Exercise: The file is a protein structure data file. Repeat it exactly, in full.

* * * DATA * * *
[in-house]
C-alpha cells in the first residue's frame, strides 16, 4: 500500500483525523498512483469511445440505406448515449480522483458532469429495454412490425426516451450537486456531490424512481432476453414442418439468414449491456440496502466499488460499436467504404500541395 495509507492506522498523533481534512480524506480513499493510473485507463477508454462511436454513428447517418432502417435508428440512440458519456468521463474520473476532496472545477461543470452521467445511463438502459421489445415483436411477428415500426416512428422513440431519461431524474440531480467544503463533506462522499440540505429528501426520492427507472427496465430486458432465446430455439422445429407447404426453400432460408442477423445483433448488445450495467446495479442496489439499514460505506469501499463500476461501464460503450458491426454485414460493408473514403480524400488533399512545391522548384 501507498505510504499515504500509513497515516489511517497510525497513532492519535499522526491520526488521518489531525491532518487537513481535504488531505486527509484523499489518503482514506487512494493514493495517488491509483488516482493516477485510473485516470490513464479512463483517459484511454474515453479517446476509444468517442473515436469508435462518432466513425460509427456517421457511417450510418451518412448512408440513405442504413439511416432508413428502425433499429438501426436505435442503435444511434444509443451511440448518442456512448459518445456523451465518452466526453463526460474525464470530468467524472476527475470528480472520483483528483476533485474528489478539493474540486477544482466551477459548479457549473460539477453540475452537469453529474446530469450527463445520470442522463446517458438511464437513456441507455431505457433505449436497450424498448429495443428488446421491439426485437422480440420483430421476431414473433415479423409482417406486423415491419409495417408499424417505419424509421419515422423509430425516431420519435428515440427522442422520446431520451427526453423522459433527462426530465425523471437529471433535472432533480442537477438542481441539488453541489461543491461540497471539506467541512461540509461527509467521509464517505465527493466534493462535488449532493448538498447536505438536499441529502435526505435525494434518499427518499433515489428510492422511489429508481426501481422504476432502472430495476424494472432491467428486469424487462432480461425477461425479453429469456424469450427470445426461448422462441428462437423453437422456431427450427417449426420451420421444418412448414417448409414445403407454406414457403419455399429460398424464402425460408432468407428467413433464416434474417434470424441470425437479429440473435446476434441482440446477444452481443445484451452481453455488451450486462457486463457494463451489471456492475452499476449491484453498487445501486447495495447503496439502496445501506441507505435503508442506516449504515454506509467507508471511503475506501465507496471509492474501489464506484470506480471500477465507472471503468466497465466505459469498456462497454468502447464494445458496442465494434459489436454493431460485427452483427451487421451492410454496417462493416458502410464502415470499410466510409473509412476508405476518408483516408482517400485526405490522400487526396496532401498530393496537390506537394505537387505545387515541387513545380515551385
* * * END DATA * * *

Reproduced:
[in-house]
C-alpha cells in the first residue's frame, strides 16, 4: 500500500483525523498512483469511445440505406448515449480522483458532469429495454412490425426516451450537486456531490424512481432476453414442418439468414449491456440496502466499488460499436467504404500541395 495509507492506522498523533481534512480524506480513499493510473485507463477508454462511436454513428447517418432502417435508428440512440458519456468521463474520473476532496472545477461543470452521467445511463438502459421489445415483436411477428415500426416512428422513440431519461431524474440531480467544503463533506462522499440540505429528501426520492427507472427496465430486458432465446430455439422445429407447404426453400432460408442477423445483433448488445450495467446495479442496489439499514460505506469501499463500476461501464460503450458491426454485414460493408473514403480524400488533399512545391522548384 501507498505510504499515504500509513497515516489511517497510525497513532492519535499522526491520526488521518489531525491532518487537513481535504488531505486527509484523499489518503482514506487512494493514493495517488491509483488516482493516477485510473485516470490513464479512463483517459484511454474515453479517446476509444468517442473515436469508435462518432466513425460509427456517421457511417450510418451518412448512408440513405442504413439511416432508413428502425433499429438501426436505435442503435444511434444509443451511440448518442456512448459518445456523451465518452466526453463526460474525464470530468467524472476527475470528480472520483483528483476533485474528489478539493474540486477544482466551477459548479457549473460539477453540475452537469453529474446530469450527463445520470442522463446517458438511464437513456441507455431505457433505449436497450424498448429495443428488446421491439426485437422480440420483430421476431414473433415479423409482417406486423415491419409495417408499424417505419424509421419515422423509430425516431420519435428515440427522442422520446431520451427526453423522459433527462426530465425523471437529471433535472432533480442537477438542481441539488453541489461543491461540497471539506467541512461540509461527509467521509464517505465527493466534493462535488449532493448538498447536505438536499441529502435526505435525494434518499427518499433515489428510492422511489429508481426501481422504476432502472430495476424494472432491467428486469424487462432480461425477461425479453429469456424469450427470445426461448422462441428462437423453437422456431427450427417449426420451420421444418412448414417448409414445403407454406414457403419455399429460398424464402425460408432468407428467413433464416434474417434470424441470425437479429440473435446476434441482440446477444452481443445484451452481453455488451450486462457486463457494463451489471456492475452499476449491484453498487445501486447495495447503496439502496445501506441507505435503508442506516449504515454506509467507508471511503475506501465507496471509492474501489464506484470506480471500477465507472471503468466497465466505459469498456462497454468502447464494445458496442465494434459489436454493431460485427452483427451487421451492410454496417462493416458502410464502415470499410466510409473509412476508405476518408483516408482517400485526405490522400487526396496532401498530393496537390506537394505537387505545387515541387513545380515551385